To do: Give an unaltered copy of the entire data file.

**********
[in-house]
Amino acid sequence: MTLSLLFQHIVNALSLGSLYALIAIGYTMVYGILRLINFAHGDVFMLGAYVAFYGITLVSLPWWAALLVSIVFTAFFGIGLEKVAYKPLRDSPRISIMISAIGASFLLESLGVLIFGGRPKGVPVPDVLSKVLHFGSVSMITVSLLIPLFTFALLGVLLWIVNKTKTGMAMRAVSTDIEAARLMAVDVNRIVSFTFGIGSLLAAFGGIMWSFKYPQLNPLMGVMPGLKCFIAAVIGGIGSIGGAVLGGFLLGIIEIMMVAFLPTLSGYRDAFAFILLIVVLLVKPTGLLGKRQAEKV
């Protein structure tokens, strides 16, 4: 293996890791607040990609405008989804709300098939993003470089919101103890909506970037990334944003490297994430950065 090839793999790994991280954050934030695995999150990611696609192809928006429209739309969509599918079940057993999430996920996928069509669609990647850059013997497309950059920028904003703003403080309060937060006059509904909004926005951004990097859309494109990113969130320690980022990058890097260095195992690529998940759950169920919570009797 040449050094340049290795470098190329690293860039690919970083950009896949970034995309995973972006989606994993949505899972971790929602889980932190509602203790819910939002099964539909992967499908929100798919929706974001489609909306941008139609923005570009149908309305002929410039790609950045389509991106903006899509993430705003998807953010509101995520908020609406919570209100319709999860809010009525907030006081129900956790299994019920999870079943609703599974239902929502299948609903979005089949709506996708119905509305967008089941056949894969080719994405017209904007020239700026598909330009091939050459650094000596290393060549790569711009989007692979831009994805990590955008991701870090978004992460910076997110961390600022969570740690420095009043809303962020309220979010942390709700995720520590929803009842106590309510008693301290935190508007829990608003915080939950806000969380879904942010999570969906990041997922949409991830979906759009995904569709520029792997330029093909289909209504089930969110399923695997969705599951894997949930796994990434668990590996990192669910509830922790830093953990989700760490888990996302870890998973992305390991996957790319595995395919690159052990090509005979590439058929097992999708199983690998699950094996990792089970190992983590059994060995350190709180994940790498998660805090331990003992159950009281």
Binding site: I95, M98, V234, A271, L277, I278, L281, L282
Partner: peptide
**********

[in-house]
Amino acid sequence: MTLSLLFQHIVNALSLGSLYALIAIGYTMVYGILRLINFAHGDVFMLGAYVAFYGITLVSLPWWAALLVSIVFTAFFGIGLEKVAYKPLRDSPRISIMISAIGASFLLESLGVLIFGGRPKGVPVPDVLSKVLHFGSVSMITVSLLIPLFTFALLGVLLWIVNKTKTGMAMRAVSTDIEAARLMAVDVNRIVSFTFGIGSLLAAFGGIMWSFKYPQLNPLMGVMPGLKCFIAAVIGGIGSIGGAVLGGFLLGIIEIMMVAFLPTLSGYRDAFAFILLIVVLLVKPTGLLGKRQAEKV
């Protein structure tokens, strides 16, 4: 293996890791607040990609405008989804709300098939993003470089919101103890909506970037990334944003490297994430950065 090839793999790994991280954050934030695995999150990611696609192809928006429209739309969509599918079940057993999430996920996928069509669609990647850059013997497309950059920028904003703003403080309060937060006059509904909004926005951004990097859309494109990113969130320690980022990058890097260095195992690529998940759950169920919570009797 040449050094340049290795470098190329690293860039690919970083950009896949970034995309995973972006989606994993949505899972971790929602889980932190509602203790819910939002099964539909992967499908929100798919929706974001489609909306941008139609923005570009149908309305002929410039790609950045389509991106903006899509993430705003998807953010509101995520908020609406919570209100319709999860809010009525907030006081129900956790299994019920999870079943609703599974239902929502299948609903979005089949709506996708119905509305967008089941056949894969080719994405017209904007020239700026598909330009091939050459650094000596290393060549790569711009989007692979831009994805990590955008991701870090978004992460910076997110961390600022969570740690420095009043809303962020309220979010942390709700995720520590929803009842106590309510008693301290935190508007829990608003915080939950806000969380879904942010999570969906990041997922949409991830979906759009995904569709520029792997330029093909289909209504089930969110399923695997969705599951894997949930796994990434668990590996990192669910509830922790830093953990989700760490888990996302870890998973992305390991996957790319595995395919690159052990090509005979590439058929097992999708199983690998699950094996990792089970190992983590059994060995350190709180994940790498998660805090331990003992159950009281």
Binding site: I95, M98, V234, A271, L277, I278, L281, L282
Partner: peptide